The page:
• (b) whether there are any other affected rights associated with the customary marine title; and

    • (c) what compensation to provide; and

    • (d) whether to classify the matter as a deemed accommodated activity under section 64.

  • 9 In making his or her decision under clause 8, the Minister must consider whether the matters set out in clause 3 have been adequately addressed and, without limiting his or her consideration, the Minister may not agree to waive the permission rights if the Minister is satisfied that the information provided under clause 3(d) and (e) does not justify waiver.

  • 10 If the customary marine title group agrees to waive the permission rights, or a decision is made by the Minister under clause 8 to waive the permission rights, then the proposed infrastructure will become a deemed accommodated activity, except that—

    • (a) the waiver of the RMA permission right will operate only for the particular resource consents applied for with respect to the proposed infrastructure (and only as far as the proposed infrastructure is defined in the Gazette notice set out in clause 11); and

    • (b) the waiver of the permission rights will not otherwise take away the legal effect of the customary marine title order or agreement, except as the customary marine title group expressly agrees otherwise or the Minister decides otherwise; and

    • (c) the waiver of the permission rights will only apply to the activity that is the subject of an application under clause 3 and, unless expressly provided otherwise, it will not prevent the customary marine title group from exercising its permission rights under a customary marine title order or agreement within the same area for any other resource consent application not included in the Gazette notice published under clause 11; and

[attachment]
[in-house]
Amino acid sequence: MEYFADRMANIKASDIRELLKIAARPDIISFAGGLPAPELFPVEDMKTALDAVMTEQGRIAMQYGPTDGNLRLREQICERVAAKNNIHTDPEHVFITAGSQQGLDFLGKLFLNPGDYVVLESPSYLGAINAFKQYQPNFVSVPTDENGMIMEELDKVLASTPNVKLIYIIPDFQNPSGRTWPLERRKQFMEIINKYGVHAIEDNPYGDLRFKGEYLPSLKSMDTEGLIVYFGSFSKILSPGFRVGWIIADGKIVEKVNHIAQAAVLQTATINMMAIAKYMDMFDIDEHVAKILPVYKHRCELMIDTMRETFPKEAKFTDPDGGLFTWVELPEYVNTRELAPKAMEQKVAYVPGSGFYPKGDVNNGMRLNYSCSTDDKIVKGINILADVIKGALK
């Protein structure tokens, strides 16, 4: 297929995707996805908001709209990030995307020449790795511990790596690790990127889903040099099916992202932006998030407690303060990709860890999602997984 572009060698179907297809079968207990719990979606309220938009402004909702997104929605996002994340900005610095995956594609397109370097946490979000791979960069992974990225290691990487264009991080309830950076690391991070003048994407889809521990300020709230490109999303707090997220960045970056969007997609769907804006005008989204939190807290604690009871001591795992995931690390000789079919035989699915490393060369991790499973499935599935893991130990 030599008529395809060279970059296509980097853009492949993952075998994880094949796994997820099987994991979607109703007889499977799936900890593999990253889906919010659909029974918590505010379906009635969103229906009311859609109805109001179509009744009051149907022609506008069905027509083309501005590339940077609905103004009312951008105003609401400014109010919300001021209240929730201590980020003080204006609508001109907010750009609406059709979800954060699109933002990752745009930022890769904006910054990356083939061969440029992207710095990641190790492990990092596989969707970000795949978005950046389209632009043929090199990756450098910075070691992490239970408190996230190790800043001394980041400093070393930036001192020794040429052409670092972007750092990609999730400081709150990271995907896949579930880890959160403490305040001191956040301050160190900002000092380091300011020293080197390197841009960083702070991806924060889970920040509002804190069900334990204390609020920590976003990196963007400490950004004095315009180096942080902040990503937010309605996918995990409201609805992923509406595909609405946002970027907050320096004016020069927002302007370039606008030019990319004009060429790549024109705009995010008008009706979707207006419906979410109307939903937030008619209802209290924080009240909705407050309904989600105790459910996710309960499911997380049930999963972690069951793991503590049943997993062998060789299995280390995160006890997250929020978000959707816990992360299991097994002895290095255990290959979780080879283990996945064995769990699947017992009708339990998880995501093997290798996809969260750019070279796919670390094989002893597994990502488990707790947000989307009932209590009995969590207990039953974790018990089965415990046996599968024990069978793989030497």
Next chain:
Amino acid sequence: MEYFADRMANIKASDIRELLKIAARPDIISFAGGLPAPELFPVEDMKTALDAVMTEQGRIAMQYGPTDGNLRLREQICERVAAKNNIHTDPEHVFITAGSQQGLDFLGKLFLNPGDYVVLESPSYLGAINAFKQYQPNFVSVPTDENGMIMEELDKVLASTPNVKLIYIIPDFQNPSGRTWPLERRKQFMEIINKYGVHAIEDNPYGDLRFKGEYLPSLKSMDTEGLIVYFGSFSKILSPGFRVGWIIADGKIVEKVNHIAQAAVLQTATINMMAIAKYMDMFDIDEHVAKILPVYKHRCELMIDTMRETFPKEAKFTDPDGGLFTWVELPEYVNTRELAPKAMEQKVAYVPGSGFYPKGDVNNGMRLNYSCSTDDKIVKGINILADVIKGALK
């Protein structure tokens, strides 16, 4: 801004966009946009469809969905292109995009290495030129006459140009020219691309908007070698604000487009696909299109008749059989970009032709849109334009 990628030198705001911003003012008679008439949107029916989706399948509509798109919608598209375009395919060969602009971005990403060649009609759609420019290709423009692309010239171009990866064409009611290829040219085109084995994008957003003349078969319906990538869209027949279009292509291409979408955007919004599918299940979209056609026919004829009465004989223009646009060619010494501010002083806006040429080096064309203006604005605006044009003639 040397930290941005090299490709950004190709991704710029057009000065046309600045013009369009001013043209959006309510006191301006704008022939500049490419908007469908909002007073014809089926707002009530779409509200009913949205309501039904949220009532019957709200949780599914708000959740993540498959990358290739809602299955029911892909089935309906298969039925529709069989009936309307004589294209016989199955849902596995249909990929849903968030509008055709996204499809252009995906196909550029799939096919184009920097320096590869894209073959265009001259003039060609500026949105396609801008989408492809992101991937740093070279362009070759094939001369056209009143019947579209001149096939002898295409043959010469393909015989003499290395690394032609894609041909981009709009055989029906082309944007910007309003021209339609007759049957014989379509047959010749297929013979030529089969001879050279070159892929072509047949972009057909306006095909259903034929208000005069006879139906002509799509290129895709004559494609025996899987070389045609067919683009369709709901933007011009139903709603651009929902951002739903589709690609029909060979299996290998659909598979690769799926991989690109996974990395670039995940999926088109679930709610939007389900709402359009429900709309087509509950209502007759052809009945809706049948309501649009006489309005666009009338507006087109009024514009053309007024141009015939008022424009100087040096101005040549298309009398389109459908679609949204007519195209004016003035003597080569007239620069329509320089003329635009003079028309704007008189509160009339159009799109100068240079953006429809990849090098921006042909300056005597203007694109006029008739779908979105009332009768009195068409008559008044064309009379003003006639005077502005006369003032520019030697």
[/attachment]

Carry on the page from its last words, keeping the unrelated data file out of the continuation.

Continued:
• (d) the customary marine title order or agreement will still be a relevant matter for the consent authority when considering the resource consents necessary for the deemed accommodated activity under the Resource Management Act 1991.

  • 11 If a proposed infrastructure becomes a deemed accommodated activity under clause 10, the Minister must cause a notice to be published in the Gazette giving—

    • (a) a description of the deemed accommodated activity, including a detailed description of the proposed infrastructure and all resource consents that will be applied for as part of the proposed infrastructure; and

    • (b) a description of the customary marine title area and rights that are affected; and

    • (c) a description of the purpose for which the infrastructure is to be used.

  • 12 The Minister must serve a copy of the Gazette notice on the customary marine title group and the relevant regional council.

Part 2
New minerals-related activities

13 Definitions
  • In this Part,—

    activity means any activity—

    • (a) that is necessary for, or reasonably related to, prospecting, exploration, mining operations, or mining under either or both of the following:

      • (i) a privilege in respect of petroleum:

    • (b) that is to commence in a customary marine title area after the effective date; and